China announces rail and port infrastructure development plans for Horn of Africa

China has proposed a detailed infrastructure plan for the Horn of Africa region, involving the development of railways and ports.

By Chriselle Moraes on
13th February 2022

Under the proposed infrastructure development plan, two major railroads will be expanded and ports will be developed on the Red Sea and the Indian Ocean.

China’s foreign minister, Wang Yi, announced the proposals during a visit to Kenya in January (2022).

The plan includes extending the Mombasa-Nairobi Railway in Kenya to Uganda, Rwanda, South Sudan, and also to The Democratic Republic Of Congo. The plan also includes extending the railway line linking the Ethiopian capital Addis Ababa with Djibouti to Eritrea.

Speaking at a briefing in Mombasa, Kenya, Mr. Wang Yi stated that the plans will take place in “due course”.

Mr. Wang Yi also called for faster development of the Red Sea and Indian Ocean to develop a framework of "two axes plus two coasts". 

"This is part of our effort to help this part of the region to accelerate the building of industrial belts and economic belts to create more jobs," said Mr. Wang at the briefing in Mombasa with his Kenyan counterpart Raychelle Omamo.

The Chinese foreign minister had earlier visited Ethiopia in early December last year and Eritrea in early January, before his trip to Kenya. The three are countries in the Horn of Africa region. Eritrea, which is strategically located on the Red Sea, signed up for the Belt and Road Initiative in November 2021.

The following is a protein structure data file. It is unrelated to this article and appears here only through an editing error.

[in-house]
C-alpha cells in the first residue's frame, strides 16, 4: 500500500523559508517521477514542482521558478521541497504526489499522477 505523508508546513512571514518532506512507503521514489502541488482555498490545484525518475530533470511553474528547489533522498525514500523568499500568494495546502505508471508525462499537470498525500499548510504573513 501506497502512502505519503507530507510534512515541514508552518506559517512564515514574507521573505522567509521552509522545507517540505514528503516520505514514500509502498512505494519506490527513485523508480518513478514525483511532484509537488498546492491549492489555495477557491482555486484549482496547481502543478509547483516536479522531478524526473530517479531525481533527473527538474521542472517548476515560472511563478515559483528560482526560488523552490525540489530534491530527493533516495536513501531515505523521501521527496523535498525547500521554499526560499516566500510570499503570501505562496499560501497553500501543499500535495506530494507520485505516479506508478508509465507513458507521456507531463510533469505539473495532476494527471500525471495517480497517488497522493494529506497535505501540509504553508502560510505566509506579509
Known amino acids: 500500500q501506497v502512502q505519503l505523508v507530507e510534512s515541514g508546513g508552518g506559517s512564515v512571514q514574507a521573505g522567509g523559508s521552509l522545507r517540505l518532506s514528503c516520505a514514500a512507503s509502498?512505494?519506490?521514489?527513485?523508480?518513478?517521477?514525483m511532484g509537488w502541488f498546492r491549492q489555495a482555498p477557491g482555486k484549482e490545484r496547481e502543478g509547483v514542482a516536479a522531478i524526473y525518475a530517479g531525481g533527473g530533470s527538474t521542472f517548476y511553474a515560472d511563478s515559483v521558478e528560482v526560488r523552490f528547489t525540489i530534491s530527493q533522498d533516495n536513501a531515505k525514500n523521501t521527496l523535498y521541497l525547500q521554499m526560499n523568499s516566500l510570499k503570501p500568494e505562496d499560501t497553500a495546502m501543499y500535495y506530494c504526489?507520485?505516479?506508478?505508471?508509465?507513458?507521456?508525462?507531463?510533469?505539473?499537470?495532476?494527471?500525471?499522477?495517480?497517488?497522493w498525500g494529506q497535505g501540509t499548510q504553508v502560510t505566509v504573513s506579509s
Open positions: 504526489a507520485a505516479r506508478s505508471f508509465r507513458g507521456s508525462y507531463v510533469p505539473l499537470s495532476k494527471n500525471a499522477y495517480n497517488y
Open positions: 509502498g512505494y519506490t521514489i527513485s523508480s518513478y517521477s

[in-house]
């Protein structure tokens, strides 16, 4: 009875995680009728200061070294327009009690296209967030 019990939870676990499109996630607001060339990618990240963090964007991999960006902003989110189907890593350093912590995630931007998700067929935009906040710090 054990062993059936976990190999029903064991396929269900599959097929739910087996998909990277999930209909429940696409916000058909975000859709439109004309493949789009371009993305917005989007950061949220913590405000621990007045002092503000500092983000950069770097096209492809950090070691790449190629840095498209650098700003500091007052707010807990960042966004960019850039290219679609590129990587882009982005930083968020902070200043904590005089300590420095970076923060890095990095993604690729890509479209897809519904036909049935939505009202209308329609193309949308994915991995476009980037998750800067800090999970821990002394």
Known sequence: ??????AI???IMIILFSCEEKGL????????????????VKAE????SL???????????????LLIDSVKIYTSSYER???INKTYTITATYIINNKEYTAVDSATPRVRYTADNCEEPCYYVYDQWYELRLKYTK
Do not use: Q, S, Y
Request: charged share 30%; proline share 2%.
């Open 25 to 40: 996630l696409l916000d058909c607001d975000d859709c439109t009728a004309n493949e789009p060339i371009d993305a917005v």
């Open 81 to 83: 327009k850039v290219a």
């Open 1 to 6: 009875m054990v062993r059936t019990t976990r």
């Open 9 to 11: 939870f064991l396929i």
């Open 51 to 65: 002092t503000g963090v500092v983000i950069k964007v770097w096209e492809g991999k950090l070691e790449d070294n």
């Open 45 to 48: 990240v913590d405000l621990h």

Mr. Wang also visited Comoros, an archipelago on the Indian Ocean, where the Chinese footprint has been increased through the Maritime Silk Road which is the seaborne part of the Belt and Road Initiative.

There are also plans to extend the Mombasa – Nairobi railway line to Malaba on the Ugandan border. This project was stopped in 2018 after China’s Export-Import Bank asked Kenya to redo a study demonstrating its commercial viability.

China has also made significant investments in Djibouti, where China constructed its first overseas military base. Further investment in regional ports will help in the success of the Maritime Silk Road.

Commenting on China's new diplomatic strategy in the Horn of Africa, Seifudein Adem, a professor of global studies at Doshisha University in Kyoto, Japan, said the expansion of rail networks in the Horn of Africa has been one of Beijing's main strategic objectives in Africa as a way of boosting connectivity. According to Adem, the proposed rail link between Addis Ababa and Assab, a port in Eritrea, may be the winning point in China’s diplomatic strategy.

Also commenting, Deborah Brautigam, a Professor of international political economy at Johns Hopkins University and founding director of the China Africa Research Initiative (CARI), said Wang's comments that it will happen in 'due course' suggests "it depends on African governments creating the conditions (peace, stability, realistic feasibility studies) that will allow Chinese capital to be employed productively and sustainably,"

Top Photo: Addis Ababa Light Railway Bridge Structure (Derejeb | Dreamstime)

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